Jakarta’s Christian governor was heading for a tough run-off against a Muslim opponent in city elections seen as a test of religious tolerance in Muslim-majority Indonesia after a tight first round Wednesday.
Basuki Tjahaja Purnama held a narrow lead, according to private pollsters, despite being on trial for blasphemy, but is seen as unlikely to win in April’s second round against ex-education minister Anies Baswedan, who came a close second and will attract more Muslim votes.
Third candidate Agus Yudhoyono, another Muslim challenger and the son of a former president, trailed far behind.
Baswedan said “Thanks be to God!” on hearing he looked on course to become governor of the megacity of 10 million — but Purnama, who has won support with his determination to clean up Jakarta, signalled he was ready for a fight.
“This is not over yet,” he told cheering supporters at his campaign headquarters in Jakarta. “Some pollsters said we were the candidates no one would vote for,” he said, referring to himself and his running mate. “We ended up in the lead.”
Over 100 polls to elect local leaders were taking place across Indonesia Wednesday but the race in the capital was the most hotly contested, with the top job in Jakarta seen as a stepping stone to victory in the 2019 presidential polls.
The stakes in the vote have been raised by allegations that Purnama — the city’s first non-Muslim governor for half a century and its first ethnic Chinese leader — insulted the Koran.
The claims drew hundreds of thousands of conservative Muslims onto the streets of Jakarta in major protests last year, and Purnama has been put on trial in a case criticised as unfair and politically motivated.
Purnama, known by his nickname Ahok, was not barred from running but his popularity was dented for a period. The vote is now seen as a test of whether pluralism and a tolerant brand of Islam in the world’s most populous Muslim-majority country are being eroded.
– ‘Needs a miracle’ –
Once the favourite to win the gubernatorial election, Purnama was on about 43 percent to Baswedan’s 39 in Wednesday’s first round, meaning no candidate had passed the threshold needed to avoid a run-off, according to early vote tallies by private pollsters.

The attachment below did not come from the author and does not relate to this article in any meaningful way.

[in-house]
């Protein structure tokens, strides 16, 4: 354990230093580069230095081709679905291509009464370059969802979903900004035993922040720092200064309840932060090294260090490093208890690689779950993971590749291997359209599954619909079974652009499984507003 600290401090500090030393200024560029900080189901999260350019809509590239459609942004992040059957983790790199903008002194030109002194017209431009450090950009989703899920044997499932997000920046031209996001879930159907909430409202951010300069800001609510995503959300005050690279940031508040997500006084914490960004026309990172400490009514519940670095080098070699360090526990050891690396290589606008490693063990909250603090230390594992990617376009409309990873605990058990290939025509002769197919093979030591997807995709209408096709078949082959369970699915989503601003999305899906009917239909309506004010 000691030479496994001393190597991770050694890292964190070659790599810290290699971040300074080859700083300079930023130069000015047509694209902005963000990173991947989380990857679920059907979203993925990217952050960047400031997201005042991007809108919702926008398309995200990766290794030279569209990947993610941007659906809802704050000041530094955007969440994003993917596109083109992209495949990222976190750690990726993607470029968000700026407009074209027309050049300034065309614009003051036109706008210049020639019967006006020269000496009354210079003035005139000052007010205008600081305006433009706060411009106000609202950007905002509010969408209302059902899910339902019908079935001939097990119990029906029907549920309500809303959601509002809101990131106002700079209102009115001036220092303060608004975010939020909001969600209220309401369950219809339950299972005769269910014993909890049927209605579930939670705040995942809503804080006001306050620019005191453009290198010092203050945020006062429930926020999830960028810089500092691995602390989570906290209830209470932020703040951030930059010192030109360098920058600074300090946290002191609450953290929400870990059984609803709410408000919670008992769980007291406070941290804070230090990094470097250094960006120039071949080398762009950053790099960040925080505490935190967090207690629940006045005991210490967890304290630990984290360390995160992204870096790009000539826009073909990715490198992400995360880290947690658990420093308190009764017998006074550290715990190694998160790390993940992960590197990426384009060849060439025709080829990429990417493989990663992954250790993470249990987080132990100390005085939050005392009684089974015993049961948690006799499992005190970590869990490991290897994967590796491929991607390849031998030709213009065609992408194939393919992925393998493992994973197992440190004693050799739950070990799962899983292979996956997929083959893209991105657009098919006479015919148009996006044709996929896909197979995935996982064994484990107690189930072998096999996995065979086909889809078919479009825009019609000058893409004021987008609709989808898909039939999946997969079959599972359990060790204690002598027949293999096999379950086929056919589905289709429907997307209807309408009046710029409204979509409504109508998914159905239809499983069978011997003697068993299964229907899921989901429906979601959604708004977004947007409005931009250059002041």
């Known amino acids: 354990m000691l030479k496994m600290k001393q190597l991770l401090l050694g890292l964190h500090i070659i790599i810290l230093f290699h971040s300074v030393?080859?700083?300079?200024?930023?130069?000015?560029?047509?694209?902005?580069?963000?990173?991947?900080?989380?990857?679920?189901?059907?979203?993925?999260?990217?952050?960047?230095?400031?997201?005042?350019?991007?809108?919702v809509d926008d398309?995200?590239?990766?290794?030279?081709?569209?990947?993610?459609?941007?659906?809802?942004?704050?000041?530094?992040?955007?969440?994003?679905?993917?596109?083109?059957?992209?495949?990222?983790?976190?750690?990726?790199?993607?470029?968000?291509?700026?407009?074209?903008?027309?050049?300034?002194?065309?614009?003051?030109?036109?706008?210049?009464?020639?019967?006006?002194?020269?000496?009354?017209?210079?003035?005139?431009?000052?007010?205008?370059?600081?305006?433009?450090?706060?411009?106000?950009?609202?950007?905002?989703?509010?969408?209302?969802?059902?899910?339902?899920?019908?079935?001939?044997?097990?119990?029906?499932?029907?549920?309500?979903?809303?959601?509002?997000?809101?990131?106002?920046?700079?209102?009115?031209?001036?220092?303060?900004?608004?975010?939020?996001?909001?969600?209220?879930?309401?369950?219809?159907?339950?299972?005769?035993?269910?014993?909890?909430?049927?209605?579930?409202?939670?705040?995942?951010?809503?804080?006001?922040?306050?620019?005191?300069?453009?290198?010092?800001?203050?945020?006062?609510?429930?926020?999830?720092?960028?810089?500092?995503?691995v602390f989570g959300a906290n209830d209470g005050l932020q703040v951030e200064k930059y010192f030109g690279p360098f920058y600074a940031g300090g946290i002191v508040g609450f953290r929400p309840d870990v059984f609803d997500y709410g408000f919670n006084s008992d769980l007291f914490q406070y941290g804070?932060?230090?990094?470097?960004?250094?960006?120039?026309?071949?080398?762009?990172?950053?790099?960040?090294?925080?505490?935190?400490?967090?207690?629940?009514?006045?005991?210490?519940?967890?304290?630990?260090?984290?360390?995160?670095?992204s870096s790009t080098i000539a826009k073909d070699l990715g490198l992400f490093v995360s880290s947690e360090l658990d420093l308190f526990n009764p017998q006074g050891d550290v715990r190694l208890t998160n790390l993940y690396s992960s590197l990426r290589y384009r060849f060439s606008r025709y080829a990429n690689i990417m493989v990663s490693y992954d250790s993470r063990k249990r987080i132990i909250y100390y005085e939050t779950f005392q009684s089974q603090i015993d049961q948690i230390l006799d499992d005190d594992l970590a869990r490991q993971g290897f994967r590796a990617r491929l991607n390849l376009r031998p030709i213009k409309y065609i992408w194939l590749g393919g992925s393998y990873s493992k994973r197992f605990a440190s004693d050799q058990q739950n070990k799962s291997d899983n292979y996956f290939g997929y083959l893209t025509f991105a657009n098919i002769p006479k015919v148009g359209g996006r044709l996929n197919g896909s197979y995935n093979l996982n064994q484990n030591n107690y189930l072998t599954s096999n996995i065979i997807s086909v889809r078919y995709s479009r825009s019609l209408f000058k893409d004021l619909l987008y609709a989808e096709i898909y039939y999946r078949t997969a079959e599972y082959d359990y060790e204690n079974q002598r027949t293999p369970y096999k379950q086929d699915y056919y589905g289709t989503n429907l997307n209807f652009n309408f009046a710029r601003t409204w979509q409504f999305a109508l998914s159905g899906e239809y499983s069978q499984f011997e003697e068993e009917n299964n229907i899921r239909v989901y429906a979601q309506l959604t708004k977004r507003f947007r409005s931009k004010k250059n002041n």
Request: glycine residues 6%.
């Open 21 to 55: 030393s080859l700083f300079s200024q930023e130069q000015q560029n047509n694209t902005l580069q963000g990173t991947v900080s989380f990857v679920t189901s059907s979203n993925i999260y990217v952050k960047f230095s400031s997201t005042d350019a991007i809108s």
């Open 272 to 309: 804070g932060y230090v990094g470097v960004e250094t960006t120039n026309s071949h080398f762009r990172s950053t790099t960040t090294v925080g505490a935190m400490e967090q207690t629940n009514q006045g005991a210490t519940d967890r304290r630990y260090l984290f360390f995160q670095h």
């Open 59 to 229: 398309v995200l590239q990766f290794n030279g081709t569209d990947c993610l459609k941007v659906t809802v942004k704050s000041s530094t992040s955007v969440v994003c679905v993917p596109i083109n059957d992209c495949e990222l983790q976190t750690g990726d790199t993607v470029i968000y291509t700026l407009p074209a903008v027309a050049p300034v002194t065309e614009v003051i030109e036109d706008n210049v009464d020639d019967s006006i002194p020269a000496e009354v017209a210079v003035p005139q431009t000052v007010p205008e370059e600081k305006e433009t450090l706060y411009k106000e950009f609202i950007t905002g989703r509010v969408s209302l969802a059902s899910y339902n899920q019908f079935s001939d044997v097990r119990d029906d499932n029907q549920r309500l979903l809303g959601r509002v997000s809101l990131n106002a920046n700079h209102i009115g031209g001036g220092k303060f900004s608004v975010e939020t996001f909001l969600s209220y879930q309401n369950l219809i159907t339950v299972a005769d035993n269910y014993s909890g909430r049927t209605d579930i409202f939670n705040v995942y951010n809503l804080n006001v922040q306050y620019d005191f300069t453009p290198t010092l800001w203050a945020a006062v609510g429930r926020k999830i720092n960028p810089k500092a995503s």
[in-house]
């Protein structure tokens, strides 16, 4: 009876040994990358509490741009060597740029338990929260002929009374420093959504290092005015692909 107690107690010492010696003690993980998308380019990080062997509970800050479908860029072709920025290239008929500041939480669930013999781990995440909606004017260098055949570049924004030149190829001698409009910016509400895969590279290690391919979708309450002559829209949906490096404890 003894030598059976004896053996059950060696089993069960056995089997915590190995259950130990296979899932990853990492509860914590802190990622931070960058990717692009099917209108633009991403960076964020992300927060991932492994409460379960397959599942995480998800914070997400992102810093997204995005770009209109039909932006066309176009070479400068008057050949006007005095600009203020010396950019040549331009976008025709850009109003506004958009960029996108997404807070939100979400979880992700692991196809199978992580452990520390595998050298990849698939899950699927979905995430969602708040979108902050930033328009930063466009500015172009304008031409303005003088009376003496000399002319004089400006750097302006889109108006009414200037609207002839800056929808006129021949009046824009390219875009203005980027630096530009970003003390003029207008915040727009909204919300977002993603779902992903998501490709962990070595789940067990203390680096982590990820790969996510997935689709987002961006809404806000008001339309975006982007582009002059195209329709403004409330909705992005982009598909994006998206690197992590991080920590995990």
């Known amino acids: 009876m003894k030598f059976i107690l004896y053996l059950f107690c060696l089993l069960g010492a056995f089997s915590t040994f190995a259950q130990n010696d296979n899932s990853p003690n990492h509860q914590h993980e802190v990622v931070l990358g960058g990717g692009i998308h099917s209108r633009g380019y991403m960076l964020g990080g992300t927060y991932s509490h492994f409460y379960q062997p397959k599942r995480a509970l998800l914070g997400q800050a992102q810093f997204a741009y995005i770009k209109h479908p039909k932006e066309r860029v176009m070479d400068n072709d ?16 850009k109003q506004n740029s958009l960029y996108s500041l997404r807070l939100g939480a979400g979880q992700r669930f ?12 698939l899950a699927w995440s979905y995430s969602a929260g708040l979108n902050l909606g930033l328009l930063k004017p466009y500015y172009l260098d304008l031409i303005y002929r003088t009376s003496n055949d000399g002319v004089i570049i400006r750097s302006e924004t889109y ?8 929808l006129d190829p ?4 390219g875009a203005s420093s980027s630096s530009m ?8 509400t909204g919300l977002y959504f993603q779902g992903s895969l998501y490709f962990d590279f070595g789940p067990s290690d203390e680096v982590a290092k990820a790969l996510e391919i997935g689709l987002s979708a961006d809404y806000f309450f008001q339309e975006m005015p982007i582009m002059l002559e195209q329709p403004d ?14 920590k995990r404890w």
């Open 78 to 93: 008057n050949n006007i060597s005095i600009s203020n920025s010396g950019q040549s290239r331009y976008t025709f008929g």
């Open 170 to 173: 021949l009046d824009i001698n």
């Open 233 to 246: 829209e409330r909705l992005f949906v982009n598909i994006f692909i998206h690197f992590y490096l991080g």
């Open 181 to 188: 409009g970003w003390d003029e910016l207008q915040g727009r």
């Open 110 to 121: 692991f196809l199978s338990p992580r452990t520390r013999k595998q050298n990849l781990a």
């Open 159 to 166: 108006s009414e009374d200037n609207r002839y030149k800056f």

The official results are not expected for a few weeks but the early tallies, called “quick counts”, are generally thought reliable.
Despite his upbeat remarks, analysts warn Purnama is unlikely to win a second round against a candidate who has appealed to voters disillusioned by the governor’s alleged blasphemy and controversially courted a hardline group that organised the protests against him.
“At this stage, it will be a miracle if Ahok wins,” said Tobias Basuki, a political analyst from Jakarta think-tank the Centre for Strategic and International Studies, adding it was unlikely the first round votes for Yudhoyono would go to Purnama.
Observers also warn that any run-off between Purnama and Baswedan could stoke religious tensions further after months of a dirty campaigning.
“The tense situation will continue until April — this kind of thing is dangerous,” said Burhanuddin Muhtadi of pollster Indikator.
Campaigning was marked by a flood of “fake news” which has mainly targeted Purnama, and included claims that a free vaccination programme he backed was a bid to make girls infertile and reduce the population.
In the event that Purnama wins and is convicted of blasphemy, which could see him sentenced to up to five years in prison, he would not automatically be barred from holding office and could avoid jail for a long time by filing successive appeals.
Purnama’s troubles began in September when he said in a speech that his rivals were tricking people into voting against him by using a Koranic verse, which some interpret as meaning Muslims should only choose Muslim leaders.
The controversy is a high-profile example of the religious intolerance that has become more common in Indonesia, 90 percent of whose 255 million inhabitants are Muslim.
Purnama won popularity for trying to improve traffic-choked and chaotic Jakarta by cleaning up rivers and demolishing red-light districts, although his combative style and controversial slum clearances sparked some opposition.